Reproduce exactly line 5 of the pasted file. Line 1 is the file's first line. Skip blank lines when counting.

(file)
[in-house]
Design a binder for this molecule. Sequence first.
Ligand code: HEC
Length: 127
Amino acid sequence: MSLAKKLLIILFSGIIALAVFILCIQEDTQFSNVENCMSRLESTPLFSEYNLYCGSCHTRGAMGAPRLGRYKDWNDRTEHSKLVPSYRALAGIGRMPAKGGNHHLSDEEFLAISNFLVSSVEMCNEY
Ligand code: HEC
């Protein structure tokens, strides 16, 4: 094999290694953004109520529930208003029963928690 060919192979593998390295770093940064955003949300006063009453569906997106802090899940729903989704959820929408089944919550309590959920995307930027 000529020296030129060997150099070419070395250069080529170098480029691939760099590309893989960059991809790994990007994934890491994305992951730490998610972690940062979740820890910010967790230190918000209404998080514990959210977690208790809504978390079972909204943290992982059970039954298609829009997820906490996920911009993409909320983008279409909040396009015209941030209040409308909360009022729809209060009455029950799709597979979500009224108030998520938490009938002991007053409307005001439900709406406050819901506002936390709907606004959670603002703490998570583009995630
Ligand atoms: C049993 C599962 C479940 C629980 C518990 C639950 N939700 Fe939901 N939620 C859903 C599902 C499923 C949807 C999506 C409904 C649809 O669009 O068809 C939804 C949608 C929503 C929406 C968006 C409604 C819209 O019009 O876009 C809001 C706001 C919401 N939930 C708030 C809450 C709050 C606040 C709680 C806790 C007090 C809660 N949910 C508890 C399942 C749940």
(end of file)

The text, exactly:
Amino acid sequence: MSLAKKLLIILFSGIIALAVFILCIQEDTQFSNVENCMSRLESTPLFSEYNLYCGSCHTRGAMGAPRLGRYKDWNDRTEHSKLVPSYRALAGIGRMPAKGGNHHLSDEEFLAISNFLVSSVEMCNEY